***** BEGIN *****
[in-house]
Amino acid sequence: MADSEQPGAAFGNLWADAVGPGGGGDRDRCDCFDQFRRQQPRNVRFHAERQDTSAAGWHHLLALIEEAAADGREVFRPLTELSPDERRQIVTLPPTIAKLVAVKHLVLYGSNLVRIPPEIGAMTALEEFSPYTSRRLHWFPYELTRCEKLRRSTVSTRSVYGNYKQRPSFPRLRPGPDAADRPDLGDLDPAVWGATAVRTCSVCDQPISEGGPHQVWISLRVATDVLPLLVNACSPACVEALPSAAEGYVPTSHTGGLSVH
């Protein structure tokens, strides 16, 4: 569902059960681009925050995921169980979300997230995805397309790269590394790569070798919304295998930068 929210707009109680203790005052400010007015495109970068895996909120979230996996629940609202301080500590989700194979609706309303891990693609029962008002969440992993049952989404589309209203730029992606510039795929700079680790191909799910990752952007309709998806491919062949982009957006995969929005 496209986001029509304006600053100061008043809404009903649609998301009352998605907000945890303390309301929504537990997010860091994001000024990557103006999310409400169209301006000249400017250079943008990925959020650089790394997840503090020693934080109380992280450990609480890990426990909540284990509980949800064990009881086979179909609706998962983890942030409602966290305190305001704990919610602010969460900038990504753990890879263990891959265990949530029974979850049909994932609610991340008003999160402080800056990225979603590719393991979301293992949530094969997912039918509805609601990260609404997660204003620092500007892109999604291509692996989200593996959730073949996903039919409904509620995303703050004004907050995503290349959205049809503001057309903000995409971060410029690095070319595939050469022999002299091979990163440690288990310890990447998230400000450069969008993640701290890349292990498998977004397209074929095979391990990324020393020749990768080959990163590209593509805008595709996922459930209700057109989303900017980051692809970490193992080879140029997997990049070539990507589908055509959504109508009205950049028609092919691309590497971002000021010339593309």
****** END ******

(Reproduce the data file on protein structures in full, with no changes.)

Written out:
[in-house]
Amino acid sequence: MADSEQPGAAFGNLWADAVGPGGGGDRDRCDCFDQFRRQQPRNVRFHAERQDTSAAGWHHLLALIEEAAADGREVFRPLTELSPDERRQIVTLPPTIAKLVAVKHLVLYGSNLVRIPPEIGAMTALEEFSPYTSRRLHWFPYELTRCEKLRRSTVSTRSVYGNYKQRPSFPRLRPGPDAADRPDLGDLDPAVWGATAVRTCSVCDQPISEGGPHQVWISLRVATDVLPLLVNACSPACVEALPSAAEGYVPTSHTGGLSVH
């Protein structure tokens, strides 16, 4: 569902059960681009925050995921169980979300997230995805397309790269590394790569070798919304295998930068 929210707009109680203790005052400010007015495109970068895996909120979230996996629940609202301080500590989700194979609706309303891990693609029962008002969440992993049952989404589309209203730029992606510039795929700079680790191909799910990752952007309709998806491919062949982009957006995969929005 496209986001029509304006600053100061008043809404009903649609998301009352998605907000945890303390309301929504537990997010860091994001000024990557103006999310409400169209301006000249400017250079943008990925959020650089790394997840503090020693934080109380992280450990609480890990426990909540284990509980949800064990009881086979179909609706998962983890942030409602966290305190305001704990919610602010969460900038990504753990890879263990891959265990949530029974979850049909994932609610991340008003999160402080800056990225979603590719393991979301293992949530094969997912039918509805609601990260609404997660204003620092500007892109999604291509692996989200593996959730073949996903039919409904509620995303703050004004907050995503290349959205049809503001057309903000995409971060410029690095070319595939050469022999002299091979990163440690288990310890990447998230400000450069969008993640701290890349292990498998977004397209074929095979391990990324020393020749990768080959990163590209593509805008595709996922459930209700057109989303900017980051692809970490193992080879140029997997990049070539990507589908055509959504109508009205950049028609092919691309590497971002000021010339593309």